Ukraine attack will have 'consequences,' EU, US warn Russia
January 24, 2022
Russian aggression against Ukraine will have "severe costs," the head of NATO has said after a meeting with European leaders and US President Biden. Earlier, EU foreign ministers met to agree on a joint strategy.
NATO Secretary-General Jens Stoltenberg said Monday that Western allies stood united in their warning to Moscow that a Russian attack on Ukraine will provoke a tough response.
"We agree that any further aggression by Russia against Ukraine will have severe costs," Stoltenberg said on Twitter after an online meeting with US President Joe Biden and European leaders, including European Commission President Ursula von der Leyen and German Chancellor Olaf Scholz.
Scholz said Russia faced "heavy consequences" if it attacked Ukraine. The leaders had agreed "it is up to Russia to undertake visible de-escalation initiatives," Scholz said.
Biden said the western allies were in "total" agreement on how to deal with a Russian military threat to Ukraine.
UK Prime Minister Boris Johnson's office also said "the leaders agreed on the importance of international unity in the face of growing Russian hostility."
EU foreign ministers coordinate Ukraine strategy
Earlier on Monday, foreign ministers from the European Union's 27 member states met in Brussels in a bid to hammer out a response to a feared invasion of Ukraine by Russia.
After the meeting, EU foreign policy chief Josep Borrell said there is "unity" among member states on "quick and determined" action from the bloc, should Russia invade.
Borrell added the EU has pledged to support Ukraine in "key areas" including countering cyberattacks and hybrid threats, such as Russian disinformation campaigns.
However, the EU will continue "collective efforts" to convince Russia to take a "path of dialogue" in resolving tensions, he said, adding that the EU is prepared to respond should diplomacy fail.
"We are closely at Ukraine's side, with regards to financial support as well as economic support," Baerbock told journalists, including DW's Brussels Bureau Chief Alexandra von Nahmen.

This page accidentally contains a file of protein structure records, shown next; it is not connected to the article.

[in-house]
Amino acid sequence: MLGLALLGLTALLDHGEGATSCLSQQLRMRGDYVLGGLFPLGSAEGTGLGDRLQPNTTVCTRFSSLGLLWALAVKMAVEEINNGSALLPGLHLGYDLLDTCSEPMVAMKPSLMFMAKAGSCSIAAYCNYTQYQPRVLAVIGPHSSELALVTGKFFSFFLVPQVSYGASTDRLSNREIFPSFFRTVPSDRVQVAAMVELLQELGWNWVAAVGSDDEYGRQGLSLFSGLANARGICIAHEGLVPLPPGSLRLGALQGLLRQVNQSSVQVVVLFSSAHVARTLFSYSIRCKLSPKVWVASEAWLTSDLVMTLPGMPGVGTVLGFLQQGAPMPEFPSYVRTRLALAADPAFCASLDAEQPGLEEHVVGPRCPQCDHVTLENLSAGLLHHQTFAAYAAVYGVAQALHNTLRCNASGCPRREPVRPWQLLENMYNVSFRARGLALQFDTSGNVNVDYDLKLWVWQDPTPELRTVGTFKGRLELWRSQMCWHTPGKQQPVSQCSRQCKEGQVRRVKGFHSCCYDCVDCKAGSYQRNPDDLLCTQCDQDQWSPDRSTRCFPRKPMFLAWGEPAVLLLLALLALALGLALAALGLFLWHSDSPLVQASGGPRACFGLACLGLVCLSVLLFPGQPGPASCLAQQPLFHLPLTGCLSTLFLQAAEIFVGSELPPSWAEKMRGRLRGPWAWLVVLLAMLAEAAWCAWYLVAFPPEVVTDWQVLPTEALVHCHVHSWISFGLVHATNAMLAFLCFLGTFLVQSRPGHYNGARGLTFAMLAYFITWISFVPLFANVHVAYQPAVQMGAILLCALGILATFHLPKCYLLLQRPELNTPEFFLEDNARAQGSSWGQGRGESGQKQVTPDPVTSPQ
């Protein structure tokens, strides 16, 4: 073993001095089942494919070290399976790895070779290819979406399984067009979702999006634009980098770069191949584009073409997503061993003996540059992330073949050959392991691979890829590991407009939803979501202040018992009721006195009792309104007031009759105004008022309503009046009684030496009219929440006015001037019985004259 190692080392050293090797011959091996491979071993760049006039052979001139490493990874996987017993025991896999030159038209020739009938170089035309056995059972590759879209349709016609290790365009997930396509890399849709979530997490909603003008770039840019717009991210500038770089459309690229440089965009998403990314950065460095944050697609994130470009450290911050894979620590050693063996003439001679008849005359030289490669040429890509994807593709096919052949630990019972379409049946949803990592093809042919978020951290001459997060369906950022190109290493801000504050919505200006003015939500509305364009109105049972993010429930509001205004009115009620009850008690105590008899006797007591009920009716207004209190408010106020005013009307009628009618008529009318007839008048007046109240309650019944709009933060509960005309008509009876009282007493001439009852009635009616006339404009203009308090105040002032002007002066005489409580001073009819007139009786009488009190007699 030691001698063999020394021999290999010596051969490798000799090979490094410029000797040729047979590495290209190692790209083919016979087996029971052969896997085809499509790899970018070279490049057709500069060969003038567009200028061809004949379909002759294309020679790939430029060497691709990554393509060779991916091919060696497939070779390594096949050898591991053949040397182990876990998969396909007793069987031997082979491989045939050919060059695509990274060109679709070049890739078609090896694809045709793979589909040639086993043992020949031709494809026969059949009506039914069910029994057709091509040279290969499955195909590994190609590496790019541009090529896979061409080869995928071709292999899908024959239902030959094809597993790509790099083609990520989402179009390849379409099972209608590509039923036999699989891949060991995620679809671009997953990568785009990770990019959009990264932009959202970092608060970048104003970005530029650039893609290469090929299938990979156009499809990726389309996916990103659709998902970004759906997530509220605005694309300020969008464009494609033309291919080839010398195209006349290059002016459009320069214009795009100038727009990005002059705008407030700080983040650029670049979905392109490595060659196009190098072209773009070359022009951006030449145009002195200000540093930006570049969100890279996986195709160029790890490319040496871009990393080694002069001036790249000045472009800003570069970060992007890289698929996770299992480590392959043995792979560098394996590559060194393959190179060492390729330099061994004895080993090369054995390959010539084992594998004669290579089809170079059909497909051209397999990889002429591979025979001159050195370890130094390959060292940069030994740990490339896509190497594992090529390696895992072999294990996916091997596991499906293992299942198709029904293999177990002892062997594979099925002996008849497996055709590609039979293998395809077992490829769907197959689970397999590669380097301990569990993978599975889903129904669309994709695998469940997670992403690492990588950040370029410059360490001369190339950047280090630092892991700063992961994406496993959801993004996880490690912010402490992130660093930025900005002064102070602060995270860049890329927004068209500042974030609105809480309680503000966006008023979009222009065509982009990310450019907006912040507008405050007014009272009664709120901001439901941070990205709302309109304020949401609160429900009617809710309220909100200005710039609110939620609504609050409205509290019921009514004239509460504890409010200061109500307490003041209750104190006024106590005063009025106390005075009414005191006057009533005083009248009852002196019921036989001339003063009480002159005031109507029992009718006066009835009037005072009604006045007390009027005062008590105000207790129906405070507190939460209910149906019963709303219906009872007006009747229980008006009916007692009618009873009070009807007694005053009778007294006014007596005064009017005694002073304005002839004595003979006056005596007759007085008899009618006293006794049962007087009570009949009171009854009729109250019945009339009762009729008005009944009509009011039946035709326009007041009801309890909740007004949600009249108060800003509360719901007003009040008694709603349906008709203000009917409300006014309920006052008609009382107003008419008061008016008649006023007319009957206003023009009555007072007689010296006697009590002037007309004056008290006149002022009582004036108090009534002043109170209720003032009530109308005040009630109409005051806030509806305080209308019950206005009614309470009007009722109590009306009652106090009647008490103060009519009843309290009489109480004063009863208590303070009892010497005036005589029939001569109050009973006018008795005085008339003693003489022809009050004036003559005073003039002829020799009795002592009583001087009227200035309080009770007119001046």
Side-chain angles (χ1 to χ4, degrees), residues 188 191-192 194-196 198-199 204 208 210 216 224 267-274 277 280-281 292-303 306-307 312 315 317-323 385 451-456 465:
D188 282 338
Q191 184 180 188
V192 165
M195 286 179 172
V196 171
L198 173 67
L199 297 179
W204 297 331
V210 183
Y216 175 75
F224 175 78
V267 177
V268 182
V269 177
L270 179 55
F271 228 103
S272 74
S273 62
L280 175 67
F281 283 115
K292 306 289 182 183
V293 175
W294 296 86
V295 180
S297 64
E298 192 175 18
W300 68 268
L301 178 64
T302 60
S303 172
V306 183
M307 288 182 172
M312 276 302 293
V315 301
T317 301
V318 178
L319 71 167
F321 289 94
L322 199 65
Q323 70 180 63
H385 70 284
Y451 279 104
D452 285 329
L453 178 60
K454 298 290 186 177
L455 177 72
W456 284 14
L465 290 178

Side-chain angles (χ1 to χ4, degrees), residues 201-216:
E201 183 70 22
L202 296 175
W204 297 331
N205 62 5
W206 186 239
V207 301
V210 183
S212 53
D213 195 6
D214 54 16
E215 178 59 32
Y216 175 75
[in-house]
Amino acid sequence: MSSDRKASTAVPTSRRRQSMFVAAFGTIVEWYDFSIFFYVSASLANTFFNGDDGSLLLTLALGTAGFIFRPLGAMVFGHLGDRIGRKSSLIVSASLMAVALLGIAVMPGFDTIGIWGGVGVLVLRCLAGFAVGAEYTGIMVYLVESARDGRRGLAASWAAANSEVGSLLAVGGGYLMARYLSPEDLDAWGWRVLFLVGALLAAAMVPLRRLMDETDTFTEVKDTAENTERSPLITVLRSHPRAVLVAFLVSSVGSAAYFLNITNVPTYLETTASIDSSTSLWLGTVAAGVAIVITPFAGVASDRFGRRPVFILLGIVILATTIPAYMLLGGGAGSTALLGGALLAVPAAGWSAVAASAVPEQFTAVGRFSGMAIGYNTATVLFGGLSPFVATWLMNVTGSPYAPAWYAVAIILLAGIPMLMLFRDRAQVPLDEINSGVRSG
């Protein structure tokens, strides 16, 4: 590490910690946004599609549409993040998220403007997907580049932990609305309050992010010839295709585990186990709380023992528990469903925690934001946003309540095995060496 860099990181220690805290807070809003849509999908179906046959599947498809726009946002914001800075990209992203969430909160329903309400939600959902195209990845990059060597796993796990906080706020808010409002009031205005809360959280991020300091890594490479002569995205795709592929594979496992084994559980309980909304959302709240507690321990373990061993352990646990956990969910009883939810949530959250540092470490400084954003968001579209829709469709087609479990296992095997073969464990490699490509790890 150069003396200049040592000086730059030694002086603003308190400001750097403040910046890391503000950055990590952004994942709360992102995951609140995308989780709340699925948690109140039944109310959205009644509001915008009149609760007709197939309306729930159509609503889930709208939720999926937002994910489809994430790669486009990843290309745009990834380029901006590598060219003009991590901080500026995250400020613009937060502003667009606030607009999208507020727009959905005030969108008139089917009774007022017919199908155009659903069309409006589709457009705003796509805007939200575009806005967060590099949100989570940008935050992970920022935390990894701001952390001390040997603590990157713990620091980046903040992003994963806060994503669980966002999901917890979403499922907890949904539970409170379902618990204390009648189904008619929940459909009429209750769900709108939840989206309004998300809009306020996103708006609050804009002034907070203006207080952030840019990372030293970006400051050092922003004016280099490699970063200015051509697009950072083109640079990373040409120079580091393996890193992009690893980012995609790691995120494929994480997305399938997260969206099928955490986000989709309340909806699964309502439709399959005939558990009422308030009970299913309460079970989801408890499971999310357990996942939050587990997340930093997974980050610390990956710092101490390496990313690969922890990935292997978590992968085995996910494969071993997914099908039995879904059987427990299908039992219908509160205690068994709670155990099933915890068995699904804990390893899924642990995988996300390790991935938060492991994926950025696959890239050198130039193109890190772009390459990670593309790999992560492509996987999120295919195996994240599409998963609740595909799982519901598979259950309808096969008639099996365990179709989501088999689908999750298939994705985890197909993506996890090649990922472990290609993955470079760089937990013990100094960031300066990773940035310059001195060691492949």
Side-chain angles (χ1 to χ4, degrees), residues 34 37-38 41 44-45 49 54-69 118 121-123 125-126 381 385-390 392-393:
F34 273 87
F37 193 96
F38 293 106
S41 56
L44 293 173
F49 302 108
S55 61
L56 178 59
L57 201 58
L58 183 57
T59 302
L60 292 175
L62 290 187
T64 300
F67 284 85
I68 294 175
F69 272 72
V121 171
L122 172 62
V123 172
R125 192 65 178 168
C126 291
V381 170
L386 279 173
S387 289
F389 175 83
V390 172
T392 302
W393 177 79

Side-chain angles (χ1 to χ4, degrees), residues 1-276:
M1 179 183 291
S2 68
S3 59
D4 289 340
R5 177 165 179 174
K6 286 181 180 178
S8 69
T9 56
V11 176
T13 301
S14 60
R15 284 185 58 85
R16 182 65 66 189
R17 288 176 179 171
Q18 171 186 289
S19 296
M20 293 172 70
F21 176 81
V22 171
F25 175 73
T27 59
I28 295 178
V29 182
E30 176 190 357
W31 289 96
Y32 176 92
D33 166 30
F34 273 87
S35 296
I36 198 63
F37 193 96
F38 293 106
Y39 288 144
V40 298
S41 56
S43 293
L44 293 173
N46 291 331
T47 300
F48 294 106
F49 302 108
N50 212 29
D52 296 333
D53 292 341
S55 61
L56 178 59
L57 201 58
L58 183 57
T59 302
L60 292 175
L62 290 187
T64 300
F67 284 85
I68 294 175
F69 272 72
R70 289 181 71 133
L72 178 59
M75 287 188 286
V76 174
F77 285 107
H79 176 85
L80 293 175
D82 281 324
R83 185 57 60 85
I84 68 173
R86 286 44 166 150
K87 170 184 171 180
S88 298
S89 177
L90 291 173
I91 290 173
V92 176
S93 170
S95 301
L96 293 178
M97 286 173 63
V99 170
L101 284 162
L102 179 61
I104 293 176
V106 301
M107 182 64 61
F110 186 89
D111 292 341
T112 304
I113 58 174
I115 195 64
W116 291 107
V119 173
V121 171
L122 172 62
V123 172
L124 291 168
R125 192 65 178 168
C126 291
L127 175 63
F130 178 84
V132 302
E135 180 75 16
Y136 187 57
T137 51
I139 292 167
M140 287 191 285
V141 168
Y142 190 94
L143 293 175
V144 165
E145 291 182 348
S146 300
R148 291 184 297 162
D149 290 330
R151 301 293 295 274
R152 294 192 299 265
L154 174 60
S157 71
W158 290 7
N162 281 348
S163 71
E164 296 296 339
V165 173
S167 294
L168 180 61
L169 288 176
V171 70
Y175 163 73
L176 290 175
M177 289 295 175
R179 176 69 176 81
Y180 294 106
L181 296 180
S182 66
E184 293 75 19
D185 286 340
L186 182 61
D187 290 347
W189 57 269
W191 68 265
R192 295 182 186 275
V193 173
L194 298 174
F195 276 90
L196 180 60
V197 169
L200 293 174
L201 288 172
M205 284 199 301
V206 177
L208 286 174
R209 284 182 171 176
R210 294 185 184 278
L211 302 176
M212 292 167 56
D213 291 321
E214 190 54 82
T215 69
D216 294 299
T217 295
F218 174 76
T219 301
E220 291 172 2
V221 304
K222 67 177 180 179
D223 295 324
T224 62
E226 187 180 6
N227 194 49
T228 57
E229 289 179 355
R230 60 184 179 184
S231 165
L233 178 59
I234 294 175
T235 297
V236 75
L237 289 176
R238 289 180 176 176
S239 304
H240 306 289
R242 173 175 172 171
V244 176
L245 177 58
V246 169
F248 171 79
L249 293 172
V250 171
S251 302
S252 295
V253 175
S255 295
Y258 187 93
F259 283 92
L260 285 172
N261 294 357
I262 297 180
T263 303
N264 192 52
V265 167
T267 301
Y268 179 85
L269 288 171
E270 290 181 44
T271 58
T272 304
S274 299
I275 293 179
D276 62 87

Danish Foreign Minister Jeppe Kofod said the bloc was ready to hit Moscow with "never-seen-before" sanctions if Russia attacks Ukraine.
Irish Foreign Minister Simon Coveney, meanwhile, said Russia intended to hold war games 240 kilometers (150 miles) off his country's southwestern coast. The war games would occur both in international waters but also in Ireland's exclusive economic zone.
"We don't have a power to prevent this happening but certainly I've made it clear to the Russian ambassador in Ireland that it's not welcome," Coveney said.
EU pledges new aid to Ukraine
During the meeting, EU Commission head von der Leyen announced a fresh €1.2 billion ($1.3 billion) aid package for Ukraine.
"This package will help Ukraine now to address its financing needs due to the conflict," von der Leyen told reporters in Brussels. She urged the European Parliament to approve the aid "as soon as possible."
Ukrainian President Volodymyr Zelenskyy thanked von der Leyen for the "timely" decision.
"Strong Ukraine is key for European security," Zelenskyy tweeted. The Ukrainian president also expressed gratitude to European Council President Charles Michel in a phone call.
The amassing of more than 100,000 Russian troops near the Ukrainian border has raised Western fears that Moscow may be planning to invade its neighbor, though Russia has denied such intentions.